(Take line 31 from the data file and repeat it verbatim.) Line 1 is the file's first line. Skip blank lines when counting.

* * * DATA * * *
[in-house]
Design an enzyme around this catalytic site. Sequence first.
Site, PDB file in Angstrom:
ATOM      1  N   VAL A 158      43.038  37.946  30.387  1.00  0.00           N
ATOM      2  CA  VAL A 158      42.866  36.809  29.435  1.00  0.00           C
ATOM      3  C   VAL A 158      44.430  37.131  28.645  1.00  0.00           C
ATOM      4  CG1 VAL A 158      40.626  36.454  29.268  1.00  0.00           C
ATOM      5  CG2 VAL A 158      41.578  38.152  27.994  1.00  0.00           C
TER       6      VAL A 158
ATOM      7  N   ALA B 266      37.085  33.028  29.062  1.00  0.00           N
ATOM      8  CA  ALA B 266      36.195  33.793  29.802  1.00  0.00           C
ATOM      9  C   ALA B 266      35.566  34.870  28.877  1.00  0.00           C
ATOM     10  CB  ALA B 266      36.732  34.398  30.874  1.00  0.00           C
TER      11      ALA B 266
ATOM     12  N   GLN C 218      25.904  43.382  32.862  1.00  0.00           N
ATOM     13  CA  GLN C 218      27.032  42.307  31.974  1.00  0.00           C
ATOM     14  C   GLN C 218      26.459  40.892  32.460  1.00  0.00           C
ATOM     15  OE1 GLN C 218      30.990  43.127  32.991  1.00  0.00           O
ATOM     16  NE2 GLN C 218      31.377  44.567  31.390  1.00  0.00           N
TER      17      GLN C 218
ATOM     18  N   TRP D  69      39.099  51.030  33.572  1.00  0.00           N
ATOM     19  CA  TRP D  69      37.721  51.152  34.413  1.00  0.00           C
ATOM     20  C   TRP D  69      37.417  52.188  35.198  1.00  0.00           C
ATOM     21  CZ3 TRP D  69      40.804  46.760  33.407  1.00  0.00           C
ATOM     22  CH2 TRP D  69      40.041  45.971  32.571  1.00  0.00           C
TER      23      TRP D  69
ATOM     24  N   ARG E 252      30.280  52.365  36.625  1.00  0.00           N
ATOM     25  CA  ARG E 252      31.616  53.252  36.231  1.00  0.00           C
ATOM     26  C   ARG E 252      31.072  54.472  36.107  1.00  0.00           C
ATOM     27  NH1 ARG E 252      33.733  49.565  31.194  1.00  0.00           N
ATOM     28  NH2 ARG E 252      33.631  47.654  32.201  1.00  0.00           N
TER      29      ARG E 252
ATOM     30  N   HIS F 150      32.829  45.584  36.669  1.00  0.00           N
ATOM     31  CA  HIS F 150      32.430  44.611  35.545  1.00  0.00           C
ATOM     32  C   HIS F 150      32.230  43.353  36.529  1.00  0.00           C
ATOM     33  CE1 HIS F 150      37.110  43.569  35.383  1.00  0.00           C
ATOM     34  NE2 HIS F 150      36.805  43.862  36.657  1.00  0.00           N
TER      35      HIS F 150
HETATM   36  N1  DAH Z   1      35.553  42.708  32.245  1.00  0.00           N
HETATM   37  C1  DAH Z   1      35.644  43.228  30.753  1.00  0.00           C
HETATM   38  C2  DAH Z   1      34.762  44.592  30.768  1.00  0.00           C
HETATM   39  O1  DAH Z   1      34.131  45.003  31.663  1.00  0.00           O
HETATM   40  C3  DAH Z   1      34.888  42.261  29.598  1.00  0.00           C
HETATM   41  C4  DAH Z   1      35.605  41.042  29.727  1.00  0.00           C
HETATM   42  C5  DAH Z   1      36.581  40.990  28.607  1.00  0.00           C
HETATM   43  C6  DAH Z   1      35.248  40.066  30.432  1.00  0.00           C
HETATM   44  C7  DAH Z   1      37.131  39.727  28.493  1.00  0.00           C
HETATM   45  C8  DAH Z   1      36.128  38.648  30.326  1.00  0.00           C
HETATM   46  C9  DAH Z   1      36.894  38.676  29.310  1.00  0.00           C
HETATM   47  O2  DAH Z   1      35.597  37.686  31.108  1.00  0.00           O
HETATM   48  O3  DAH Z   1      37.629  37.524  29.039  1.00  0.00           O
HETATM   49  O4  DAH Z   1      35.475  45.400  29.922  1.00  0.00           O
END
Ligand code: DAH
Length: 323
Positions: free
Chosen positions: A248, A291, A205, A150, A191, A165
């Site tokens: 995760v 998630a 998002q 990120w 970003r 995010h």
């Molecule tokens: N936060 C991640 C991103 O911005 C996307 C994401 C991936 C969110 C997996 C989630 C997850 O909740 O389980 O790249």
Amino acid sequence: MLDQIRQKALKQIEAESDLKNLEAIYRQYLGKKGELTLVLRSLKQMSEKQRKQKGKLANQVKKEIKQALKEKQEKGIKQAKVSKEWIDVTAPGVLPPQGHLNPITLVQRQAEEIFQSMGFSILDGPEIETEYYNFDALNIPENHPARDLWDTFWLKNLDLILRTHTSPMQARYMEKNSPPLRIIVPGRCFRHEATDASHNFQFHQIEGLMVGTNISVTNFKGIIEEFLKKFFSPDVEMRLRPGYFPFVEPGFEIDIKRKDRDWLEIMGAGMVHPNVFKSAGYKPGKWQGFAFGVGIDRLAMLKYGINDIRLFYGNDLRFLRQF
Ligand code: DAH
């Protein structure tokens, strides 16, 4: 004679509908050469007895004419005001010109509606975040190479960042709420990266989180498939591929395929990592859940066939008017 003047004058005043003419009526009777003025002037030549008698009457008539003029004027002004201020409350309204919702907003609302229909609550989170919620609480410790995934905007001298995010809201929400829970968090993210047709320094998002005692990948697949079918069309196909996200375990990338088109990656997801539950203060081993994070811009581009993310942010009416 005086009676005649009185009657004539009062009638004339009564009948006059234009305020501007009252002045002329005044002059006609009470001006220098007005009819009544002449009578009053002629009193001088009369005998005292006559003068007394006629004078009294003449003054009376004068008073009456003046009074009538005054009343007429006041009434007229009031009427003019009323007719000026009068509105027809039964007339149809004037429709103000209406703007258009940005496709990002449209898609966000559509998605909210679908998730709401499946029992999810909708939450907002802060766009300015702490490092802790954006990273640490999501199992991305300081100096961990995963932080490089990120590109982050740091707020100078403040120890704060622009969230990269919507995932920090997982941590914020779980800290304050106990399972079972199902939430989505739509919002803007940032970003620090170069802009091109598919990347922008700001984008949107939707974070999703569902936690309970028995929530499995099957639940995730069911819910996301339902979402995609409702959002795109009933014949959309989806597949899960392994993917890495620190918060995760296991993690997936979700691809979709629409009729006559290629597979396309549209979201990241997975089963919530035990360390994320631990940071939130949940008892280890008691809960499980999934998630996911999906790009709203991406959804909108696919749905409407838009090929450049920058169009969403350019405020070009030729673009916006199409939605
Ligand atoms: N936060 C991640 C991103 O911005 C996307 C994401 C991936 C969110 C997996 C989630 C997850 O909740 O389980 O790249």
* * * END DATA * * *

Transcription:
ATOM     28  NH2 ARG E 252      33.631  47.654  32.201  1.00  0.00           N